Projects Funded for Nigel Quinn


Cooperative and Market Approaches to Regional Salinity Nonpoint Pollution Control: Application to the San Joaquin Valley (SJV), California

Ariel Dinar and Nigel Quinn


Specific Objectives of the Project:
The overall objective of this research project is to analytically and empirically address nonpoint salinity pollution from agricultural activities by simulating a market framework for pollution permits and other regional cooperative arrangements between agricultural growers (polluters) and regulatory agencies aimed at controlling pollution to a water body (e.g., river, aquifer). That framework will then be applied to the case of salinity management in the San Joaquin Valley, California.

Specific objectives include:

1. Develop an analytical framework for quantifying, comparing and prioritizing policy interventions aimed at regulating nonpoint salinity pollution from irrigated agriculture.
2. Apply the analytical framework, developed under objective (2) to the case of the San Joaquin River Basin, California where agricultural producers are constrained by regulations that limit their ability to farm, leading occasionally to non-compliance with these regulations.
2.1 Compare several regional settings: including a status quo without regulation; a cap and trade of salinity pollution; and several cooperative arrangements among agricultural producers and between the agricultural producers and the regulating agency.
2.2 Introducing information and data sharing equipment to allow calculation of the value of information to the polluters and to the regulatory agency.

Summary of Results:
This project presents an alternative approach to salt regulation and control that follows first attempts to implement the 2002 TMDL, when it was realized that TMDL policy objectives could not be achieved without potential annual costs to stakeholders in the millions of dollars annually, using typical penalty schedules for daily exceedance of a 30-day running average EC objective at a single downstream compliance site. These costs would have potentially risen with the inclusion of two additional upstream compliance monitoring sites adopted to protect agricultural riparian diverters from high salt concentrations in irrigation applied water.

The novel concept of “Real-Time Water Quality management” relies on a continually updated forecasting model to provide daily estimates of salt load assimilative capacity in the San Joaquin River and assessments of compliance with salinity concentration objectives at three monitoring sites on the river, based on the 30-day running average EC. A water quality forecasting model WARMF was developed as part of this alternative regulatory schema, which served both as a compliance forecasting tool and the means by which salt load allocations and salt exports from each of the seven contributing subareas could be estimated and compared. The trading of salt loads between subareas is now feasible as both the regulatory salt load allocation and actual salt load discharge to the river can be quantified.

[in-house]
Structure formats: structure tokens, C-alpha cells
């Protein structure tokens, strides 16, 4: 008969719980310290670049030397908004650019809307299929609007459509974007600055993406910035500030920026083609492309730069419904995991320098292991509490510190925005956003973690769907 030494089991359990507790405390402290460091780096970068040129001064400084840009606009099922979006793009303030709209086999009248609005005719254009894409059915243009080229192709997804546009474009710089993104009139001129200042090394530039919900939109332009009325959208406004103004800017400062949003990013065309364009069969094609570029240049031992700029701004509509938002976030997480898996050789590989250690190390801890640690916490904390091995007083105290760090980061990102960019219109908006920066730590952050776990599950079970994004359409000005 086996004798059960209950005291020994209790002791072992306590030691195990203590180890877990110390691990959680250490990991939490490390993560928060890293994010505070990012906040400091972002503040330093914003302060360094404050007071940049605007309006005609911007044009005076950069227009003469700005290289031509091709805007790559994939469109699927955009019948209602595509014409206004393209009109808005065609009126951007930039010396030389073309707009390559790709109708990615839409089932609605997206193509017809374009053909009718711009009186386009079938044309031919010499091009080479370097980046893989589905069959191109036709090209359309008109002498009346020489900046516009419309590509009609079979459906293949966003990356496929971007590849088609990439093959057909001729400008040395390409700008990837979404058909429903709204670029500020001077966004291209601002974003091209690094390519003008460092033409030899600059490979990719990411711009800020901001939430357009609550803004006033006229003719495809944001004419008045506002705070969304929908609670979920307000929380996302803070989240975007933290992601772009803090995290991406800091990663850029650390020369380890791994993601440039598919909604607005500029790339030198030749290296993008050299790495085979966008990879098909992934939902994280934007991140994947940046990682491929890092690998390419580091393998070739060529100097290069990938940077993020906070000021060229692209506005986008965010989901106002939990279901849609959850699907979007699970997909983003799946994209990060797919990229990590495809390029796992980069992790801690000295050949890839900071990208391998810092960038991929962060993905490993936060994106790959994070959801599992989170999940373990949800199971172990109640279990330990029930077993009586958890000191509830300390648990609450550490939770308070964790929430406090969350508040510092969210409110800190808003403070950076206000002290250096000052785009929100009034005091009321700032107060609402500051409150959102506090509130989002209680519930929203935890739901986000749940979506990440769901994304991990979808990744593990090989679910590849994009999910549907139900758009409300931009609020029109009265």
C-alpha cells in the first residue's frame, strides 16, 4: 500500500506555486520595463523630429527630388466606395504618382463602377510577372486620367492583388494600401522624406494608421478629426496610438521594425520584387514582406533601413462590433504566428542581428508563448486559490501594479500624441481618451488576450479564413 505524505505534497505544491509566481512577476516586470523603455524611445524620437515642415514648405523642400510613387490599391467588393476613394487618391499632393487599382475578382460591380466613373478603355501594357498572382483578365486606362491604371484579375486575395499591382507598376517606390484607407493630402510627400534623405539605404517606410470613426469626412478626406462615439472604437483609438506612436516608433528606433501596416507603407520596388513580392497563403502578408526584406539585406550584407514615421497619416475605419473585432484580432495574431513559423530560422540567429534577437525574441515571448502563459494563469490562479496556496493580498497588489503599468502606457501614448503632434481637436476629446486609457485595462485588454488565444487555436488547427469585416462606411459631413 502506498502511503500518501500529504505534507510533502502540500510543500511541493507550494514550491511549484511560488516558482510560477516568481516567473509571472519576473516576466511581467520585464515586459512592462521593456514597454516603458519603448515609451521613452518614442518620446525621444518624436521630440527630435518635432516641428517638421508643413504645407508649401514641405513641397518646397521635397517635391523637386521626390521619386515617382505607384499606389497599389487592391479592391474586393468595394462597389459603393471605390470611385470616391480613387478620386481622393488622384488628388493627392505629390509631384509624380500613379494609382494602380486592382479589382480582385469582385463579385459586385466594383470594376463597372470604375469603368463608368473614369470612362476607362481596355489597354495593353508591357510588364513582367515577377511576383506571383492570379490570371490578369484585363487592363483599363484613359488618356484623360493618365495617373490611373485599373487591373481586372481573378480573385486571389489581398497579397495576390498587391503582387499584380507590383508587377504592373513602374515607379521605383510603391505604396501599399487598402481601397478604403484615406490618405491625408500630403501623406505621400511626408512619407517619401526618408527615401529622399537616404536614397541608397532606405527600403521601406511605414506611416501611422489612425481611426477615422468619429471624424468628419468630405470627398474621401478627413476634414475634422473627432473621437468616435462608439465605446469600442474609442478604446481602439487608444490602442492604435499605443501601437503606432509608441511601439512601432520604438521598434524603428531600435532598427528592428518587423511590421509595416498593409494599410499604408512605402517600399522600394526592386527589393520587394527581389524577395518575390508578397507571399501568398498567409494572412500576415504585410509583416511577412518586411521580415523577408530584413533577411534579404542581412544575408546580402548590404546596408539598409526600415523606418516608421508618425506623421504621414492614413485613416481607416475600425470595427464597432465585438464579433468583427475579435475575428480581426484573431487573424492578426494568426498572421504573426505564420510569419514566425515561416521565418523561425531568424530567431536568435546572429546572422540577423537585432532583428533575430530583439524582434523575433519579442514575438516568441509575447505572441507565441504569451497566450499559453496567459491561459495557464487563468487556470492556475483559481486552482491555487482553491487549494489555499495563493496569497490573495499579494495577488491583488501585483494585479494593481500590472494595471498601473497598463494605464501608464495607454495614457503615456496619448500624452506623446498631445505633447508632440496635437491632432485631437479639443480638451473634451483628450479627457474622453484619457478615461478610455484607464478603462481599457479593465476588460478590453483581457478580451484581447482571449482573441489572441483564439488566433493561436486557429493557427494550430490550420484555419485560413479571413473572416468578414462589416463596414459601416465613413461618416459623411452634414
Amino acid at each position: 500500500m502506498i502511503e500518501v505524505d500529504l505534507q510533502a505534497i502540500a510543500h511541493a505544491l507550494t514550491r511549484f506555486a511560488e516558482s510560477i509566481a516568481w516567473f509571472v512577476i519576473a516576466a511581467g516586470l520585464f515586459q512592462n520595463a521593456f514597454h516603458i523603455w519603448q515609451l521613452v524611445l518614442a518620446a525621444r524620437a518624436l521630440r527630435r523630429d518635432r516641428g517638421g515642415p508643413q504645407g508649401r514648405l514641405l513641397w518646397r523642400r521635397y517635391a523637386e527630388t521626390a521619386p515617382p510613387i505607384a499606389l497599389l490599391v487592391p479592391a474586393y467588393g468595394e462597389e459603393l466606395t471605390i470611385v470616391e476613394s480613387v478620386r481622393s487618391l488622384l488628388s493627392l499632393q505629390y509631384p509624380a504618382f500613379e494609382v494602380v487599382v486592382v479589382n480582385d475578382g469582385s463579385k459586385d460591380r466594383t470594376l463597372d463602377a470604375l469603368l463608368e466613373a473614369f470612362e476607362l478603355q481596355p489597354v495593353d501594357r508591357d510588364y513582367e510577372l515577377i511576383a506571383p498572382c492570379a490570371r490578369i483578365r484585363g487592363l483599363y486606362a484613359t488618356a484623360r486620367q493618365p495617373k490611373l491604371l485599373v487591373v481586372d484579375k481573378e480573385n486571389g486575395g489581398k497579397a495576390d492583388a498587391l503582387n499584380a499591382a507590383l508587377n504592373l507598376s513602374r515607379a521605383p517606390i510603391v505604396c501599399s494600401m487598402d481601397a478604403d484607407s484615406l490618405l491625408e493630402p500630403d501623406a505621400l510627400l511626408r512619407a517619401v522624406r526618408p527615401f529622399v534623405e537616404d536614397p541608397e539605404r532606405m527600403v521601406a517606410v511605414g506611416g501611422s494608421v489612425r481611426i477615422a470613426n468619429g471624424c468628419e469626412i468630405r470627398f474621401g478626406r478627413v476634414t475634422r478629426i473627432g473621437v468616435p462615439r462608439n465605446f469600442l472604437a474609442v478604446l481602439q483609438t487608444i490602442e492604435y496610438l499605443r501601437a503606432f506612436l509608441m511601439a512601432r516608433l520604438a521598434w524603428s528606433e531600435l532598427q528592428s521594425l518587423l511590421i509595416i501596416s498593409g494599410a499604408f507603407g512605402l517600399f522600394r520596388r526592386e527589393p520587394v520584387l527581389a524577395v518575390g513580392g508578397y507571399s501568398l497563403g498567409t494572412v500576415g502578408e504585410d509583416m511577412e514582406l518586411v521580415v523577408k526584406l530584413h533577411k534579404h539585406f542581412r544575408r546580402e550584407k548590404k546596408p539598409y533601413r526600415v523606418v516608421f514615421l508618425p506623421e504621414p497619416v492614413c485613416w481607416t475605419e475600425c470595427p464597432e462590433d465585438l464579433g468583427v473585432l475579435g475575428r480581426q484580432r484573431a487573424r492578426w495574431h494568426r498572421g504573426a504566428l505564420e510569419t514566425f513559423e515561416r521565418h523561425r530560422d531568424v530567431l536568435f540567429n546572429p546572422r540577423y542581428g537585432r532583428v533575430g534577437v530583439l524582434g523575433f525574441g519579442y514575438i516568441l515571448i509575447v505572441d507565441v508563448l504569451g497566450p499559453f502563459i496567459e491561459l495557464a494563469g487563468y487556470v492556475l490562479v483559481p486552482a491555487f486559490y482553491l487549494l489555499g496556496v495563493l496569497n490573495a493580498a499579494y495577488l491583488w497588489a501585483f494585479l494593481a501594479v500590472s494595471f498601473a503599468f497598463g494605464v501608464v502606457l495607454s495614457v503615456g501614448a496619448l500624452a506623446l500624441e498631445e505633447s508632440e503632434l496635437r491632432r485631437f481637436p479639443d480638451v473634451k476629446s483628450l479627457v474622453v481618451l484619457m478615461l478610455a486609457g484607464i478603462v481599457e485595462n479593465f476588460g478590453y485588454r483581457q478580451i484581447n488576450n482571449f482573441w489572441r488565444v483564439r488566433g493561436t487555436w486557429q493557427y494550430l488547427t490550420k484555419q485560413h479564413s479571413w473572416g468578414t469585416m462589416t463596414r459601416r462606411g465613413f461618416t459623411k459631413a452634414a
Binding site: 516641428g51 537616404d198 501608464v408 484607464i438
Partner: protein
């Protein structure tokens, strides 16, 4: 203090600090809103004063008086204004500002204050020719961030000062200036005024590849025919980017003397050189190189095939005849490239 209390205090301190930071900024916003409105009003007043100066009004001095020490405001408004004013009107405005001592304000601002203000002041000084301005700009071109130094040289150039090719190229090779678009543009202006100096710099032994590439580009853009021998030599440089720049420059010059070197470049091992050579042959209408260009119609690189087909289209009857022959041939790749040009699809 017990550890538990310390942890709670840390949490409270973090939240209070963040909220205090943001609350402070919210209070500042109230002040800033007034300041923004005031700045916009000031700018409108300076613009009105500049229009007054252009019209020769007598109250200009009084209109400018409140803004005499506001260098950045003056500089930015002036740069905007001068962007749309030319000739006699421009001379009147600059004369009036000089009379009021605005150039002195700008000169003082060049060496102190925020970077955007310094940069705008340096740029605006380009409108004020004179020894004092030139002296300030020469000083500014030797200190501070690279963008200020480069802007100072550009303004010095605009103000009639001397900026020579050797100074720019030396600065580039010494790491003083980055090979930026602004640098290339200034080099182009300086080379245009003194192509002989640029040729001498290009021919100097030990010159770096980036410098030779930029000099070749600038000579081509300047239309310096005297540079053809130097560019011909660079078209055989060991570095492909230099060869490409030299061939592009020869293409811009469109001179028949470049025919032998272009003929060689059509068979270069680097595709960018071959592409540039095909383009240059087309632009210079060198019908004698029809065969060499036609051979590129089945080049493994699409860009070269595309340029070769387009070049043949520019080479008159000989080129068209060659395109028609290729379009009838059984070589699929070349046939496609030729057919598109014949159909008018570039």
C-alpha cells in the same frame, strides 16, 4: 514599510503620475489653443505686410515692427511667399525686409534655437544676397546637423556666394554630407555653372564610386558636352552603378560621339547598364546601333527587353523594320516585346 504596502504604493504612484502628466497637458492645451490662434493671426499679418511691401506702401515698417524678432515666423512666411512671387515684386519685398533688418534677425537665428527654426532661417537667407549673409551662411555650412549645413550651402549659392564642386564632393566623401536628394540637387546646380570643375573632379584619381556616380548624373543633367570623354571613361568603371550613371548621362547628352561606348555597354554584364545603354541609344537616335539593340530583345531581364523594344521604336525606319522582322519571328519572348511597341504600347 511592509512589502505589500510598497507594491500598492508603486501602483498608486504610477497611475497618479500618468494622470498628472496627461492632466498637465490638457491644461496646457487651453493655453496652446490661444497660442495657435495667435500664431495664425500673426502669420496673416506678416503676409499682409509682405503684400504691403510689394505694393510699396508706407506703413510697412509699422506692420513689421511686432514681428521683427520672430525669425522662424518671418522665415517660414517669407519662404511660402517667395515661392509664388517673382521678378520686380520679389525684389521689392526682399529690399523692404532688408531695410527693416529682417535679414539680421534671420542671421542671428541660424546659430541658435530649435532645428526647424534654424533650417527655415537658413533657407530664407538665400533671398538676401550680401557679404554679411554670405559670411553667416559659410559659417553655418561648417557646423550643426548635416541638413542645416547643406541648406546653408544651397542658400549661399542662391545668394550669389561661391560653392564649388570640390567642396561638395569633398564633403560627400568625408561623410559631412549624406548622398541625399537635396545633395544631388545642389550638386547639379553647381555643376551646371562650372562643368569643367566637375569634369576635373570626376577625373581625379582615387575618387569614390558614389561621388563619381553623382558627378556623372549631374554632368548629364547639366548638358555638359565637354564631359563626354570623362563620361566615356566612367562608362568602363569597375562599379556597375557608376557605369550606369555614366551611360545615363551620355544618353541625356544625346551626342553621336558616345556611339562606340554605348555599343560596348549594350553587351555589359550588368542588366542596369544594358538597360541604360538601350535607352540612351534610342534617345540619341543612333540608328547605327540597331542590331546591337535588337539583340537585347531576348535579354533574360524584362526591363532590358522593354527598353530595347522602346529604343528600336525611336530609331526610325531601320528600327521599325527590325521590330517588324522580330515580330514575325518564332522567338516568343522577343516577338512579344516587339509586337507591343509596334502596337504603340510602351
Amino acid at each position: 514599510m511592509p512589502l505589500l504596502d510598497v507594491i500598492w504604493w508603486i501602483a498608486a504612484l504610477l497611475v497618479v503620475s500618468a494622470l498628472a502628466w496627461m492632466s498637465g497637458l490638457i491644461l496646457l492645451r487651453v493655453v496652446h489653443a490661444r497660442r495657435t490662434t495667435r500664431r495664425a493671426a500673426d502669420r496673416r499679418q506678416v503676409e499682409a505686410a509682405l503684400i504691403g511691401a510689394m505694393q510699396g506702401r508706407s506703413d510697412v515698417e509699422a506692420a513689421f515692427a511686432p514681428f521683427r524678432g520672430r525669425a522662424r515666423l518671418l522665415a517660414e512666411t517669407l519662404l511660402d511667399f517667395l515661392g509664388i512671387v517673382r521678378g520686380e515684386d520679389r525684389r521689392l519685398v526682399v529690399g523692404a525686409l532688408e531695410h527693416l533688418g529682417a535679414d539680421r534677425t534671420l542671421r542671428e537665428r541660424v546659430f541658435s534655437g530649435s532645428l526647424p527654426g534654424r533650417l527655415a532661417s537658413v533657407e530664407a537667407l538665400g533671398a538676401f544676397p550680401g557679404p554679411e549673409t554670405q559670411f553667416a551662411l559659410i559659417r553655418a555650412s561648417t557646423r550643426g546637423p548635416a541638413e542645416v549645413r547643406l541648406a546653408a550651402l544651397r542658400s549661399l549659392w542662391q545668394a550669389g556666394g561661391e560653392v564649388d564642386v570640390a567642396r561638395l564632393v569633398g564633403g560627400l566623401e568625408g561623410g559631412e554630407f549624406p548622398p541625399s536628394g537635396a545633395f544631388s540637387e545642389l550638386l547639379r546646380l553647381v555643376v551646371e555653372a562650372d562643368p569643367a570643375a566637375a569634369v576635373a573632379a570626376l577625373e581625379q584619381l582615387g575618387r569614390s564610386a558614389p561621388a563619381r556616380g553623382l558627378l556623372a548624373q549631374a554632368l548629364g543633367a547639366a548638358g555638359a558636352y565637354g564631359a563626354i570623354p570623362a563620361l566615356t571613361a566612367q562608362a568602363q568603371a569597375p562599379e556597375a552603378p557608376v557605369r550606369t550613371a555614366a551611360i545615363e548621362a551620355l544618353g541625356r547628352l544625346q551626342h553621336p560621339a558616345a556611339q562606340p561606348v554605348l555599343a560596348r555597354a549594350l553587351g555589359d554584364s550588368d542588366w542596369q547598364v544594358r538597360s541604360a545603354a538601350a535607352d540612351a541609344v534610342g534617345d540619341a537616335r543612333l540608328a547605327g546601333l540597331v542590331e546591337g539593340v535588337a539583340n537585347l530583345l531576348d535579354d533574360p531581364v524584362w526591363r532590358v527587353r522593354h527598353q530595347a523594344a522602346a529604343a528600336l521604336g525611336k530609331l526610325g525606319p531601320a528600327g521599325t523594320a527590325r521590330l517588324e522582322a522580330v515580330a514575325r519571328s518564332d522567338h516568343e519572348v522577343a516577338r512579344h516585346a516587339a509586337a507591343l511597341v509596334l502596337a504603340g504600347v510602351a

The results of the study have shown that the policy combination of well-crafted river salinity objectives by the regulator and the application of an easy-to use and maintain decision support tool by stakeholders have succeeded in minimizing water quality (salinity) exceedances over a 20-year study period. The WARMF model improvements, and consequent increase in stakeholder and agency confidence in this decision support tool, suggest its potential application in other river basins facing similar challenges. Our framework allows farmers and regulators to jointly understand and evaluate the meaning of various regulatory policy interventions on the emission of salinity and on the cost to be incurred by farmers at various locations along the river. The results support the development of close collaboration between farmers and regulators in the application of non-point source pollution policy. The results also suggest significant benefit from better cooperation and coordination among and between farmers and other dischargers of salt load who rely on the river for drainage disposal and who are already organized into sensible subareas for salt management. This can provide a cost-effective pathway for agricultural sustainability.